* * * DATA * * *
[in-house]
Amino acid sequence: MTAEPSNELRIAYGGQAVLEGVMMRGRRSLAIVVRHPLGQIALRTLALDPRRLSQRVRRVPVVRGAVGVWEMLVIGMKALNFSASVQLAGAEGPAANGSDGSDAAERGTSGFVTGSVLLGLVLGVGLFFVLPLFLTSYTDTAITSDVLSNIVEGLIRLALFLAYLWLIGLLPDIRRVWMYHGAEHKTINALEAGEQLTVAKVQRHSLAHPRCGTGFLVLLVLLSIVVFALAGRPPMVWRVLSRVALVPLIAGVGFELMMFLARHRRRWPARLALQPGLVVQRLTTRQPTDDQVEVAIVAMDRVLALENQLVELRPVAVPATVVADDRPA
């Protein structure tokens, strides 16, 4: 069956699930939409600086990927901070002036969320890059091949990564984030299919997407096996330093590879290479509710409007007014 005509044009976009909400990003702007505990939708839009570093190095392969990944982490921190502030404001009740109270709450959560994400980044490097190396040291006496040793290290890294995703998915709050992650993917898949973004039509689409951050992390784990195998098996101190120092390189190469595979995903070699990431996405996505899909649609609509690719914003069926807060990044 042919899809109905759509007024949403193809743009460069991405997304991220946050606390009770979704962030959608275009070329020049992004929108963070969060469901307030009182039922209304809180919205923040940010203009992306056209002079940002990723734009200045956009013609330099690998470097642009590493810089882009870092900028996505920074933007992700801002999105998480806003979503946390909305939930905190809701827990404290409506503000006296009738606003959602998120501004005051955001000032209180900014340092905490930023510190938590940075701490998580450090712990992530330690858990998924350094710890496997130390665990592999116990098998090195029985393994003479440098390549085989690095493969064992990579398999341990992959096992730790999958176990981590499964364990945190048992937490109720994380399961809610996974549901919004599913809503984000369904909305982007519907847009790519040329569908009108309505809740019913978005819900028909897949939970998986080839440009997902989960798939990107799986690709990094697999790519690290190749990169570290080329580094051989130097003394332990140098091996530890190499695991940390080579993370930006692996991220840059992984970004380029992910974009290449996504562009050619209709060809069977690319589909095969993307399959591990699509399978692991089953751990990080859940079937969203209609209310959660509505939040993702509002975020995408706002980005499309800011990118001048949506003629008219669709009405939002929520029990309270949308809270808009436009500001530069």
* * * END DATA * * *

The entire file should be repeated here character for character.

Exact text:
[in-house]
Amino acid sequence: MTAEPSNELRIAYGGQAVLEGVMMRGRRSLAIVVRHPLGQIALRTLALDPRRLSQRVRRVPVVRGAVGVWEMLVIGMKALNFSASVQLAGAEGPAANGSDGSDAAERGTSGFVTGSVLLGLVLGVGLFFVLPLFLTSYTDTAITSDVLSNIVEGLIRLALFLAYLWLIGLLPDIRRVWMYHGAEHKTINALEAGEQLTVAKVQRHSLAHPRCGTGFLVLLVLLSIVVFALAGRPPMVWRVLSRVALVPLIAGVGFELMMFLARHRRRWPARLALQPGLVVQRLTTRQPTDDQVEVAIVAMDRVLALENQLVELRPVAVPATVVADDRPA
């Protein structure tokens, strides 16, 4: 069956699930939409600086990927901070002036969320890059091949990564984030299919997407096996330093590879290479509710409007007014 005509044009976009909400990003702007505990939708839009570093190095392969990944982490921190502030404001009740109270709450959560994400980044490097190396040291006496040793290290890294995703998915709050992650993917898949973004039509689409951050992390784990195998098996101190120092390189190469595979995903070699990431996405996505899909649609609509690719914003069926807060990044 042919899809109905759509007024949403193809743009460069991405997304991220946050606390009770979704962030959608275009070329020049992004929108963070969060469901307030009182039922209304809180919205923040940010203009992306056209002079940002990723734009200045956009013609330099690998470097642009590493810089882009870092900028996505920074933007992700801002999105998480806003979503946390909305939930905190809701827990404290409506503000006296009738606003959602998120501004005051955001000032209180900014340092905490930023510190938590940075701490998580450090712990992530330690858990998924350094710890496997130390665990592999116990098998090195029985393994003479440098390549085989690095493969064992990579398999341990992959096992730790999958176990981590499964364990945190048992937490109720994380399961809610996974549901919004599913809503984000369904909305982007519907847009790519040329569908009108309505809740019913978005819900028909897949939970998986080839440009997902989960798939990107799986690709990094697999790519690290190749990169570290080329580094051989130097003394332990140098091996530890190499695991940390080579993370930006692996991220840059992984970004380029992910974009290449996504562009050619209709060809069977690319589909095969993307399959591990699509399978692991089953751990990080859940079937969203209609209310959660509505939040993702509002975020995408706002980005499309800011990118001048949506003629008219669709009405939002929520029990309270949308809270808009436009500001530069």